Sunday, June 20, 2010

Everybody's Doing It...

For no reason whatsoever, America’s youth (ranging in age between three and seventeen, by my accounts) have become insanely obsessed with collecting colorful bracelets vaguely shaped like random nouns. Bandz, as they’re called, are simply the latest commercial product in a long line of short-lived trends that serve to annoy teachers, rob parents, divide schoolyard friends and generally make the world a worse place.

Need further proof? Examine, if you will, today’s genre-centric list of films that capture the horror of materialism gone wild:


Joe Dante’s seminal Cabbage Patch Kids-inspired Christmas classic is the educational gift that keeps on giving, riffing on the dangers of irresponsible materialism with the cutest metaphor to ever squeak. As parents mowed each other down in shopping malls to deliver chubby faced baby dolls to their greedy kids, Dante captured the overly ambitious gifting craze with Gizmo, and adorable living teddy bear with a rule book even Santa couldn’t follow. Predicting--or possibly, inspiring--future toy fads like Tickle-Me-Elmo and, in an odd twist, the clearly Mogwai-based Furbies.

Child’s Play

It’s hard to be the fatherless poor kid at daycare in downtown Chicago, but even harder when mom’s idea of an appropriate birthday gift is a box of pants. Between delicious breakfast cereal and Saturday morning cartoons, it’s no wonder that young Andy Barclay becomes so fixated on obtaining a Good Guy Doll, a promised ‘friend to the end’ with a $50+ price tag. Misguidedly believing such a My Buddy knockoff will bring him peace, Andy guilts his mom into using her bonus in the back alley to purchase the toy. How to punish a child for his greed? Soul snatching, naturally.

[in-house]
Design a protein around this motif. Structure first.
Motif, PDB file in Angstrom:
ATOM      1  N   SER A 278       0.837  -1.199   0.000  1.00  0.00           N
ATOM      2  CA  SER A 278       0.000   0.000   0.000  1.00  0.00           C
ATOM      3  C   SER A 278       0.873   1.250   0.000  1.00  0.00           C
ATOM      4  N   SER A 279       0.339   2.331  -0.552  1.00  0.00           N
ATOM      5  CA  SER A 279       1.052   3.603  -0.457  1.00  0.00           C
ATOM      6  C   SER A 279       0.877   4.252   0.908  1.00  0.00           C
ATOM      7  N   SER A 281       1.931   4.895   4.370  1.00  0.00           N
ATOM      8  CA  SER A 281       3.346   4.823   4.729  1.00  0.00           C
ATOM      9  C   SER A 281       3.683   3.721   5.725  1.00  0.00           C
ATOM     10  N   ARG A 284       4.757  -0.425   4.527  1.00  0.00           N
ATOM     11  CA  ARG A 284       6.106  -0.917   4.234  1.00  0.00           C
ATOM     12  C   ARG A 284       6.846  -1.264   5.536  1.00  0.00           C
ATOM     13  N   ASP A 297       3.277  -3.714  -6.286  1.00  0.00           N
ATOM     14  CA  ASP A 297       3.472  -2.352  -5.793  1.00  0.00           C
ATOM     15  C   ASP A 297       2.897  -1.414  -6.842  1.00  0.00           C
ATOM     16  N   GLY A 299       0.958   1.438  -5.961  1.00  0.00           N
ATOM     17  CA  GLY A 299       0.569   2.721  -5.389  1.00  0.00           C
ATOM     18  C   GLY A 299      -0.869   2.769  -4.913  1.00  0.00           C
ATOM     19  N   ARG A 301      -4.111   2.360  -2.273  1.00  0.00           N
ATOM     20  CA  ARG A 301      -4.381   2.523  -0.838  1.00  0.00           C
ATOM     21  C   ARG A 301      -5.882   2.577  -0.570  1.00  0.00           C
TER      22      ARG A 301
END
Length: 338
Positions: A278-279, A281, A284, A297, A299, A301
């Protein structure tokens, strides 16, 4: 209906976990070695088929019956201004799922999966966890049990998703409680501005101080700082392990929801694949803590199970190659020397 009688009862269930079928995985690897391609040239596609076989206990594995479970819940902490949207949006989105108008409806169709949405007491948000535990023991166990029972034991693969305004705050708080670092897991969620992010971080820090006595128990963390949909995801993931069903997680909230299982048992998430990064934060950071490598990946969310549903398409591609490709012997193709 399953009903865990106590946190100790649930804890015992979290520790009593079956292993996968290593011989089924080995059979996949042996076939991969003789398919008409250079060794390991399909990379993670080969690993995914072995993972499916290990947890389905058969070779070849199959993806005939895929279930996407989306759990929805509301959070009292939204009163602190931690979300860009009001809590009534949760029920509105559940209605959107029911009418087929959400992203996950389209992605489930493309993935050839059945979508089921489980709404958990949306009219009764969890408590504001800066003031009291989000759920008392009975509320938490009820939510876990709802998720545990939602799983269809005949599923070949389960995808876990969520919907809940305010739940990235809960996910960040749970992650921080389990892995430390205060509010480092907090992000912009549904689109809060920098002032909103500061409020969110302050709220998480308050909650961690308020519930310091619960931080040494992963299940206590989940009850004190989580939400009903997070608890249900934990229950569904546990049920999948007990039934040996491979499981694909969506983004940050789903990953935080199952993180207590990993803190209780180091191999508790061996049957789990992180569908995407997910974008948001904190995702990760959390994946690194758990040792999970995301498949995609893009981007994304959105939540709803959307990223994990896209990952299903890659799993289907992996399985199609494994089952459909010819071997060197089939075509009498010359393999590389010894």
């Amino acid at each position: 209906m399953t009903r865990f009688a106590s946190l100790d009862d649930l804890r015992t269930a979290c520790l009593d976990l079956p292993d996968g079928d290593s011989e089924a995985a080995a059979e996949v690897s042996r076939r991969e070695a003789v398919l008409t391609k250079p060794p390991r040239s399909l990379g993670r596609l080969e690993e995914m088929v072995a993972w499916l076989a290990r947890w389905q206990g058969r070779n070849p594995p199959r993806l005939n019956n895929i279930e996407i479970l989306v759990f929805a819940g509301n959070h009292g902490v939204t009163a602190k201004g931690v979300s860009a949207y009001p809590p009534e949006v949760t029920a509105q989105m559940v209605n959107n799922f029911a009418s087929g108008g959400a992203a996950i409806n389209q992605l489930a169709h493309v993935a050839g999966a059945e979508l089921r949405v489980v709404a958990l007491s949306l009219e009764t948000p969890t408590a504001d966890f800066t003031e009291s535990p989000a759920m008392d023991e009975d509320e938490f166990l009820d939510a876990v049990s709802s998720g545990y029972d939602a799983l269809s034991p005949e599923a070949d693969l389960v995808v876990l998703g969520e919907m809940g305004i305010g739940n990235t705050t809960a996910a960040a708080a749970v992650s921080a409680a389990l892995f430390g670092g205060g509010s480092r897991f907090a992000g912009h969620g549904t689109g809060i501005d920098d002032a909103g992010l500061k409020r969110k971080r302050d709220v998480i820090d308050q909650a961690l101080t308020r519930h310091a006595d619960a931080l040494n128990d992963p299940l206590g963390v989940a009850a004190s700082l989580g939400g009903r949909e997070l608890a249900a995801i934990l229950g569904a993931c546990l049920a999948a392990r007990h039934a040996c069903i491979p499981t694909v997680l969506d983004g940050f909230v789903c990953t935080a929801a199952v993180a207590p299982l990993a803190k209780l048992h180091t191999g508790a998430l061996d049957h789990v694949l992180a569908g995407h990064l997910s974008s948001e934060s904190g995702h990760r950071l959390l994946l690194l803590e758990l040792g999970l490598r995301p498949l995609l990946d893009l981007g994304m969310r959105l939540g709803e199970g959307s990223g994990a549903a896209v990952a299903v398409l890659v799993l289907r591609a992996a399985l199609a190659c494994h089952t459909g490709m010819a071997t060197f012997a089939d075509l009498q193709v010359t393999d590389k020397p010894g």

Remember when your teachers, friends, neighbors, cousins, and kittens were shedding belly fat with the Atkins Diet? Didn’t it sound like the best idea since WOW Doritos? Then, just as you were about to declare jihad on bagels, you remembered that WOW Doritos were officially declared an agent of the devil (via your toilet). That’s the lesson you should remember watching Larry Cohen’s The Stuff, a gleeful satire that uses a delicious fat-free frozen treat to explore America’s obsession with lo-cal commercialism.

Halloween III: Season of the Witch

Perhaps the holiday’s best lesson at teaching kids to make their own costumes and avoid the temptations of everybody’s-doing-it store bought digs. What happens when your child wears the same rubber mask as 75% of the buying public? He or she turns into a rotten pumpkin. Serves you right for not thinking outside the box.

Suicide Club

Peer pressure has led to many a minor tragedy: feathered hair, bullying, Phish. But few lapses of individual judgement are quite as unfortunate as the events that occur in this 2002 surrealist genre glob, wherein offing oneself becomes way cooler than XBox, ‘N Sync, or talking to the hand. As usual, pop music is the main offender, with the sweet siren songs of girl group Dessert (or Desert) calling teens, comedians, housewives, and policemen to hurl their bodies in front of racing subway trains, chop off their appendages while slicing sandwiches, and leap to their deaths at the urging of their peers. Though the exact nature of the suicidal craze isn’t quite explained and the cure comes off as questionable, Suicide Club remains the thinking gorehound’s philosophical bible for exploring mass societal behavior with macabre humor and scraped off earlobes.


Sometiems it’s not just the kids that get hooked by ubiquitous marketing. Take Carrie Anne Moss’s June Cleaver-esque homemaker in 2006’s zombedy Fido. All this stay-at-home mom wants is to have the same merchant goods as the neighbors. In this case, that good is an undead servant to call her family’s own. Though most of the films on this list demonstrate the negative aspect of trends (and Fido’s premise basically equates to modern slavery), this quirky black comedy ironically results in the most positive outcome of all. Sometimes, true love truly does start with a price tag. 


  1. My friend's niece introduced me to them. They're cute... in moderation. But another young girl was ready to jack me for THE ONE said niece was gracious enough to gift!


  2. I think each Band contains a small dose of crack. Of course, I say that about the cha-ching theme that opens every Law & Order episode.